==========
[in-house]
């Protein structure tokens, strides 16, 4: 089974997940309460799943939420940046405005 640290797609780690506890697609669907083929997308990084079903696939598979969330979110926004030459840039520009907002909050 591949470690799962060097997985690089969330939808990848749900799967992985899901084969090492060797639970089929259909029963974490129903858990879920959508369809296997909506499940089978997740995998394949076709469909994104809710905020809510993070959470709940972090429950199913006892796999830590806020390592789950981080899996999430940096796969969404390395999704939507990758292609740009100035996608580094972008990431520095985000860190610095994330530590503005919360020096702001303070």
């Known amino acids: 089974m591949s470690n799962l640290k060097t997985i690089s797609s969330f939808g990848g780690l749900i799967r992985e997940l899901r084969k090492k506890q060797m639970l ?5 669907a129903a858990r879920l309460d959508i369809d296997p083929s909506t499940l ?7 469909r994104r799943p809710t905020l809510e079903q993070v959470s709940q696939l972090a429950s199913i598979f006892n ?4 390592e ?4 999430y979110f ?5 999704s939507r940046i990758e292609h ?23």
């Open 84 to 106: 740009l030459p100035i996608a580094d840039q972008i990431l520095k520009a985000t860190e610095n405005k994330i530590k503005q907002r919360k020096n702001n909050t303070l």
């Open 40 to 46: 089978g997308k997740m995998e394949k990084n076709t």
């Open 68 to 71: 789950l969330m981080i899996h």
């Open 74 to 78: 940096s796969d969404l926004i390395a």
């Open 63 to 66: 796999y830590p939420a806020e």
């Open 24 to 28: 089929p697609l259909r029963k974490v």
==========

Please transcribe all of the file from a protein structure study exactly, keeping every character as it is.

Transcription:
[in-house]
């Protein structure tokens, strides 16, 4: 089974997940309460799943939420940046405005 640290797609780690506890697609669907083929997308990084079903696939598979969330979110926004030459840039520009907002909050 591949470690799962060097997985690089969330939808990848749900799967992985899901084969090492060797639970089929259909029963974490129903858990879920959508369809296997909506499940089978997740995998394949076709469909994104809710905020809510993070959470709940972090429950199913006892796999830590806020390592789950981080899996999430940096796969969404390395999704939507990758292609740009100035996608580094972008990431520095985000860190610095994330530590503005919360020096702001303070």
């Known amino acids: 089974m591949s470690n799962l640290k060097t997985i690089s797609s969330f939808g990848g780690l749900i799967r992985e997940l899901r084969k090492k506890q060797m639970l ?5 669907a129903a858990r879920l309460d959508i369809d296997p083929s909506t499940l ?7 469909r994104r799943p809710t905020l809510e079903q993070v959470s709940q696939l972090a429950s199913i598979f006892n ?4 390592e ?4 999430y979110f ?5 999704s939507r940046i990758e292609h ?23």
């Open 84 to 106: 740009l030459p100035i996608a580094d840039q972008i990431l520095k520009a985000t860190e610095n405005k994330i530590k503005q907002r919360k020096n702001n909050t303070l």
């Open 40 to 46: 089978g997308k997740m995998e394949k990084n076709t």
């Open 68 to 71: 789950l969330m981080i899996h």
């Open 74 to 78: 940096s796969d969404l926004i390395a």
């Open 63 to 66: 796999y830590p939420a806020e």
């Open 24 to 28: 089929p697609l259909r029963k974490v």